I took the radio out and when I disconnected the ACC line from the radio, the current dropped. I ended up putting in a relay that would activate when the ignition was on. I would lose my preset stations and the clock but I didn't care because I had an add-on Sirius receiver.

    My point is, there are two issues and one of them is a failing battery.
  8. qbee42

    qbee42 My other car is a boat

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    Sound advice. Something is causing the battery to fail. Find that and you most likely have the problem. Start with the dome light circuit.

    Tom
  9. alsleepr

    alsleepr New Member

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    Thanks for all the responses. The fuse in question was only replaced once yesterday, I believe. The service department did call me to ask if I had used the bluetooth when I left with the car after they replaced the fuse. I had not used the bluetooth, and had only driven 2 miles and turned off the car, when it happened again where I could not start the car with the smart key. The service department has had the car since 7am yesterday and have only called me once to ask about the bluetooth issue. Not a word from them today.

    This is the second time that this service department has worked on a "complex" problem and given me the keys with the issue unresolved in a rush, and placed me in a position of potentially being stranded. I had to call Toyota in California to get a steering wheel issue corrected a couple of years ago because no one at the local dealership took it seriously when it was quite a serious problem. Got it resolved by going to corporate!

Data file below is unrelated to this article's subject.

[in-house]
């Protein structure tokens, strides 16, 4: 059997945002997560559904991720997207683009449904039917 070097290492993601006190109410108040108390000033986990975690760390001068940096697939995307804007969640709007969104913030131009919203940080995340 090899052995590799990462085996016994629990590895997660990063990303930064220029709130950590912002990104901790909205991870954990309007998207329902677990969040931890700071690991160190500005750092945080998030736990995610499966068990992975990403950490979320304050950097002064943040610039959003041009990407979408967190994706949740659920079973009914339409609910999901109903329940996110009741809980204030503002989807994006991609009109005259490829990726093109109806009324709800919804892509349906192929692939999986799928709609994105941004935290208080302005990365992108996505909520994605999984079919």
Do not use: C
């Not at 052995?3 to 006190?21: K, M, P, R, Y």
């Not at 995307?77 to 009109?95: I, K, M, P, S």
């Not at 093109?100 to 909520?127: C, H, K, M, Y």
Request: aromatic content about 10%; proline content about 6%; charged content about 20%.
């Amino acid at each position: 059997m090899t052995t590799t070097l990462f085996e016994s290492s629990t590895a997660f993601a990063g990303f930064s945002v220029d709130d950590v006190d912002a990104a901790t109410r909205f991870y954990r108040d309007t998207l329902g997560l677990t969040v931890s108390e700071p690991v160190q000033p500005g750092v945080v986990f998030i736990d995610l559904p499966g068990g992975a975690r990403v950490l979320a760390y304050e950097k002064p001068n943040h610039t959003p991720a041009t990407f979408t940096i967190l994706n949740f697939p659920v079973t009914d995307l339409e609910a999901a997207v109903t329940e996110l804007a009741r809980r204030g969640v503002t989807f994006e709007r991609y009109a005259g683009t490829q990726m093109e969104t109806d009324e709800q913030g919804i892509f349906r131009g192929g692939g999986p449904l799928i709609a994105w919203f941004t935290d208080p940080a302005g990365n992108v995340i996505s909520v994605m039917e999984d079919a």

I am a female and have limited understanding of voltage/electrical issues...which is why I have come to you guys. I believe if you do not have the expertise, surround yourself with people that do. You are explaining some things to me that do make sense to me, but I have never seen the battery, much less checked the current. After this little incident is resolved, I plan on learning how to care for the car properly....I will obviously need continued guidance. Thanks again!
  10. FirstFlight

    FirstFlight Member

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    Do you have any friends that can help out. The things we are speaking about here are not complex at all and most people who have done oil changes/replaced light bulbs can most likely do these checks.